Matthew Hamilton: Guest opinion
October 24, 2011
In his recent column “We can’t tax our way out,” Charlie Leonard is right that we can’t tax our way out of a recession. Where he misses the mark is that the mill levy override is not an attempt to do so.
The mill levy override is not just about addressing budget shortfalls due to the recent economic downturn. It is widely recognized by both political parties that Colorado’s system for funding public education is not working. (For a recent University of Colorado study, Google: “Colorado’s Fiscal Future: We’ll get what we pay for.”) Per pupil funding in Colorado has dropped further and further behind the national average for the past 20 years. When adjusted for inflation, the Roaring Fork School District has lowered its per-pupil operating and maintenance expenses over the past 20 years.
Moreover, even when Colorado’s economy begins to recover, schools will not see a parallel increase in funding. TABOR makes it impossible for school funding to recover at the same pace as the economy. Until Colorado’s school finance system is completely revamped, our district will continue to need the mill levy override for essential operating expenses.
The recent economic downturn is just the latest blow to our already minimal budget. 3E is about finding a local solution to the fact that Colorado has not been providing sufficient funding for its public schools for decades.
Leonard’s column misses the mark in other regards as well.
Leonard states that “there is zero evidence that increased spending would produce better educational results.” In fact, 3E is not even about expanding the district’s budget – it’s about preventing future cuts. Colorado has already cut $375 million in education funding statewide and is predicting future cuts of over $200 million. 3E is an attempt to prevent future cuts to our district – cuts that would have dire consequences on our schools and our children. If you believe that cutting out art and music, creating crowded classrooms, or losing our high quality teachers is not going to have an impact on the quality of our schools, you are mistaken.
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Leonard’s article suggests that the district is pursuing “business as usual” and has no sense of any need for “belt-tightening” these days. To the contrary, the RFSD has lost $5.1 million in funding over the last two years – 12 percent of the total budget. Reductions have included: 15 teachers positions, 16 custodial positions, all vocational classes, 42 percent reduction of classroom materials and supplies, and 2 district office positions, among many other cuts.
Leonard suggests that 3E would mean a hike in homeowners’ property taxes. In fact, property taxes for homeowners this year will decrease even if the mill levy override passes. What the passage of the mill levy override will mean is less of a tax reduction for homeowners. For example, if your home is now valued at $300,000, your taxes are projected to decrease $250 this year. The schools are asking to keep $113 of this tax decrease, or just $9.42/month.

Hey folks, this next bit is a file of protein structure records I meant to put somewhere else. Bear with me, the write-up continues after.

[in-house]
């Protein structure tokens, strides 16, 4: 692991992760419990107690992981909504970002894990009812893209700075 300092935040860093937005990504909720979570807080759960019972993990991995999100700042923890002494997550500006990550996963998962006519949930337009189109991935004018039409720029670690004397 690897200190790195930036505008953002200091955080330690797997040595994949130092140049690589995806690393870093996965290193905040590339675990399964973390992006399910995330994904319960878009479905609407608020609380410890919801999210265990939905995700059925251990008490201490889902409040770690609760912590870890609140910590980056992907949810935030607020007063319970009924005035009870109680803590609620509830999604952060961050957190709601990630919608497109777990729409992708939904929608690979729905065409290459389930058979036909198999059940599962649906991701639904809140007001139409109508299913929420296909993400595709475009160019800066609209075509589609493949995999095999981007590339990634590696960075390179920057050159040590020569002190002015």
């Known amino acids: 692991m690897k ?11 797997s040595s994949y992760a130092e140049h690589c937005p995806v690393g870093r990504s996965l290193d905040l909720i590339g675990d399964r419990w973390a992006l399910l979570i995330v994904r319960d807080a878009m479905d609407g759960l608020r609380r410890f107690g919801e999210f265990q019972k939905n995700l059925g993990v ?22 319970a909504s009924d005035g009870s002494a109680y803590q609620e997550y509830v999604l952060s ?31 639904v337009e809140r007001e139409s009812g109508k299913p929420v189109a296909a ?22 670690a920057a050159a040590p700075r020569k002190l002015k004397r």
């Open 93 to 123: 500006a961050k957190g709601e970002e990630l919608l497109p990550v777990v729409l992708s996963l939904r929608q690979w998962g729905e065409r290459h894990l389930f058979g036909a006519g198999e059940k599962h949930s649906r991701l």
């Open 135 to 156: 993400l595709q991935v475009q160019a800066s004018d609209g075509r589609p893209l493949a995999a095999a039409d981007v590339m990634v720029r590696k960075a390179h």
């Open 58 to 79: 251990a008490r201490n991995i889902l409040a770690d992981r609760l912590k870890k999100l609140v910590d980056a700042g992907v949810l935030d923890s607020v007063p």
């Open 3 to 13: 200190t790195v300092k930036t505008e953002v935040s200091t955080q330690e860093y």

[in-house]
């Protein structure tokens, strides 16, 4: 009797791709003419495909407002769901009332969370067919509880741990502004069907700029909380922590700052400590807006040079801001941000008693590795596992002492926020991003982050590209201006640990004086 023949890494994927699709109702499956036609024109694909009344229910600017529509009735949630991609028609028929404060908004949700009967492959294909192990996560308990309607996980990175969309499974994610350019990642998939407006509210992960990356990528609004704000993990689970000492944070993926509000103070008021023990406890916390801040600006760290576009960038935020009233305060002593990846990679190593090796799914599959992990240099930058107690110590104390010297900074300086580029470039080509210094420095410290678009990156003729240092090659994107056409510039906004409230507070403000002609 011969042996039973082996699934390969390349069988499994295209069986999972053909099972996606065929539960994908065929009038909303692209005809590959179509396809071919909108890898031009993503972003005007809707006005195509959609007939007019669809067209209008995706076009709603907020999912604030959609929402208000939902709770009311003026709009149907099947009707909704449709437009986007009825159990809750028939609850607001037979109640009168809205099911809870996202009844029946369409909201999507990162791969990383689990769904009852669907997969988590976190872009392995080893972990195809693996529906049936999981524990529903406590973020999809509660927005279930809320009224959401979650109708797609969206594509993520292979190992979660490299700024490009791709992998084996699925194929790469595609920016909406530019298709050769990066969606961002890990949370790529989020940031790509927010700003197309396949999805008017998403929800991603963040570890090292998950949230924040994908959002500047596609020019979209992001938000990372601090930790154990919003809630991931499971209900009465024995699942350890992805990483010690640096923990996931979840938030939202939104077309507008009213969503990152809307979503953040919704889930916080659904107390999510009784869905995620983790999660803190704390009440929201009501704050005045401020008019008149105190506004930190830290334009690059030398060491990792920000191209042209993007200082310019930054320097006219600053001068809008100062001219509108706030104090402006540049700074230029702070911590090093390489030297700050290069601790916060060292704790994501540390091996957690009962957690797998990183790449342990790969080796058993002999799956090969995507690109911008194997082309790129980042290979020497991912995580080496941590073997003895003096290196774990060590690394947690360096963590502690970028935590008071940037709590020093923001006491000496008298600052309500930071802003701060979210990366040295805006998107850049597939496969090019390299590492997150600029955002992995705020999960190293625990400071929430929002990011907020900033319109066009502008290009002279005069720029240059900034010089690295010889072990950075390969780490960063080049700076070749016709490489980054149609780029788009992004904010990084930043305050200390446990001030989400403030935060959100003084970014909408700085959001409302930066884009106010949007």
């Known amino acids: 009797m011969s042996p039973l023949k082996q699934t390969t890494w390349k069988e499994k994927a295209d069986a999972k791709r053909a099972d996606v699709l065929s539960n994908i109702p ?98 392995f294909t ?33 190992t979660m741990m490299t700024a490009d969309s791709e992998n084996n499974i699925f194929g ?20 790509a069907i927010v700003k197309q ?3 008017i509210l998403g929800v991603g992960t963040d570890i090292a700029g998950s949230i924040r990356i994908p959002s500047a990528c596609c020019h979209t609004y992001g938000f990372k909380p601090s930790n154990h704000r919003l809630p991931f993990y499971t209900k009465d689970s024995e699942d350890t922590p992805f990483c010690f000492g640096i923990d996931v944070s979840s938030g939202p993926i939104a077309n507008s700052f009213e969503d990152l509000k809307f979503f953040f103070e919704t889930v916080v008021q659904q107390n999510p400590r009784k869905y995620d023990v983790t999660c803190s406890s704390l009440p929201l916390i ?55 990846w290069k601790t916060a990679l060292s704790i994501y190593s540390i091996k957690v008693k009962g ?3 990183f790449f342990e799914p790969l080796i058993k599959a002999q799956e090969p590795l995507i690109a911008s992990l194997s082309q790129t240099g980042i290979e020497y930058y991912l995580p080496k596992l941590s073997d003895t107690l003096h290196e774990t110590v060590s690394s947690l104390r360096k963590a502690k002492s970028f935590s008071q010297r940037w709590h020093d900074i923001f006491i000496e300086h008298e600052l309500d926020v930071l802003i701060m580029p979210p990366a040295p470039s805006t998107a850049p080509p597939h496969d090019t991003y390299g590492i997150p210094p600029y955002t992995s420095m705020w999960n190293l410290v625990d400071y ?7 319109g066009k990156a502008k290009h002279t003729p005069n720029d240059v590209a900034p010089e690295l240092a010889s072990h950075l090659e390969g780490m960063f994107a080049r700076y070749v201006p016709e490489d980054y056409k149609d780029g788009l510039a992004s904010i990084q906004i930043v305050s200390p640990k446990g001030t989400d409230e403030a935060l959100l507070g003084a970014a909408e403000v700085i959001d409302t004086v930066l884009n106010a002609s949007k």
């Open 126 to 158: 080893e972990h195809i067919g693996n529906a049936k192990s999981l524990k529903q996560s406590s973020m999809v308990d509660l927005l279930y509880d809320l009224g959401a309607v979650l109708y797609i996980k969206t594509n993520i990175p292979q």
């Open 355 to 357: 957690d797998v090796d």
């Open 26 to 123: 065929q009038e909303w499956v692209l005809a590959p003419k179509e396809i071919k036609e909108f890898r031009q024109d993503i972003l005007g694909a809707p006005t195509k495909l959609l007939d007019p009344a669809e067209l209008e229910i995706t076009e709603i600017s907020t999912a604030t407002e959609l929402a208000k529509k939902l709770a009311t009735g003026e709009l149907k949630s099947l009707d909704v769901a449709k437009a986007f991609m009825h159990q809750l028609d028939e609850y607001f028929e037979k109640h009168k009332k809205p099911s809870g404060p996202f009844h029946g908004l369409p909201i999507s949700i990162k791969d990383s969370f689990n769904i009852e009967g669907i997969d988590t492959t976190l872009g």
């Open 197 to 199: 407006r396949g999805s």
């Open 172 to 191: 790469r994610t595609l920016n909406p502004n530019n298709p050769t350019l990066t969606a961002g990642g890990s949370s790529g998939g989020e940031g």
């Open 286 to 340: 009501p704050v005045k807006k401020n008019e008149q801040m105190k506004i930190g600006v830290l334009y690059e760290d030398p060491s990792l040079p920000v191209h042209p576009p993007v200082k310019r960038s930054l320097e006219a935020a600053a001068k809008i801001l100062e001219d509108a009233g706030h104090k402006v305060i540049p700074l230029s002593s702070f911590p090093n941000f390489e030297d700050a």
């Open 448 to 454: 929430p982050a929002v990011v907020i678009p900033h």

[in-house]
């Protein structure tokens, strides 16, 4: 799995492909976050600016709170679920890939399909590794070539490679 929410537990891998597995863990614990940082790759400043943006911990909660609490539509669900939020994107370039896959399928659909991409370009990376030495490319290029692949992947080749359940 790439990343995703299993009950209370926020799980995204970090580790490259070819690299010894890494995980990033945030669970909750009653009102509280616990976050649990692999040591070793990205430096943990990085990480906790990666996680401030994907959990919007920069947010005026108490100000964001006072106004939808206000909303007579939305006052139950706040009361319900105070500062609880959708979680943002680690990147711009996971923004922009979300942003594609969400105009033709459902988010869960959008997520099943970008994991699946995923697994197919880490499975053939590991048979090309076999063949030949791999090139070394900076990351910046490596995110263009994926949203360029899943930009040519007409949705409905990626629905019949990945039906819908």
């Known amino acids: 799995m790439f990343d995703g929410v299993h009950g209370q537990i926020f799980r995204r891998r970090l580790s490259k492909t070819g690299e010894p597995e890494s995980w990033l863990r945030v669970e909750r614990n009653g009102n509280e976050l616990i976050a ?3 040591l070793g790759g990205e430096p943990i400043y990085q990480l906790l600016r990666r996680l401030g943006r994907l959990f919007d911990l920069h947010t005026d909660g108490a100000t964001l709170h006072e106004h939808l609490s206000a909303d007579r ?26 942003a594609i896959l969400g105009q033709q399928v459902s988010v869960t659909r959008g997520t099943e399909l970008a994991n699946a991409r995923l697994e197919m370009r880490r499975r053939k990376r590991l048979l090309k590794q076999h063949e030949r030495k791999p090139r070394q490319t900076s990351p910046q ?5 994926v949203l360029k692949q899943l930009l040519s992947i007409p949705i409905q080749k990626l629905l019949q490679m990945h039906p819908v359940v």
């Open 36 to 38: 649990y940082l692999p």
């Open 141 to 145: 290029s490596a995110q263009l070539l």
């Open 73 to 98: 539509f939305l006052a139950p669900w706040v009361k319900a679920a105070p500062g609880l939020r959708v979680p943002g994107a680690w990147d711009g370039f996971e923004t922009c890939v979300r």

Leonard’s suggestion that now is the wrong economic time for a mill levy override is shortsighted. Now, during this economic recession, it is more important than ever to ensure that we have strong schools in order to maintain our property values and the economic vibrancy of our community. Countless studies demonstrate the positive impact that a strong school system has on property values and the economic health of the community that surrounds it.
Leonard suggests that 3E only “claim[s] to support education.” In fact, all funds collected through the mill levy override will be earmarked for our local district, to be used as our local district decides. Local school district funding is the sole purpose of a district’s mill levy override.
Finally, Leonard encourages people to vote no on 3E in order to “send a message to our political leadership that we can no longer afford business as usual.” In fact, voting no on 3E will have no impact on the school board or district administration. However, it will have a serious negative impact on our children, our schools and our communities way beyond the current administration. This November, our newly elected school board will need resources in order to move the district forward in a positive direction. Otherwise we will be spending our time deciding which cuts will hurt our schools and our children the least.
Leonard is right on target in one regard: He states that “public education and community health programs are essential services that need to be adequately funded, especially during periods of severe economic stress.” Right now our schools are not adequately funded, and if the mill levy override does not pass we will be facing even further cuts next year. I hope you will join me in voting yes on 3E.
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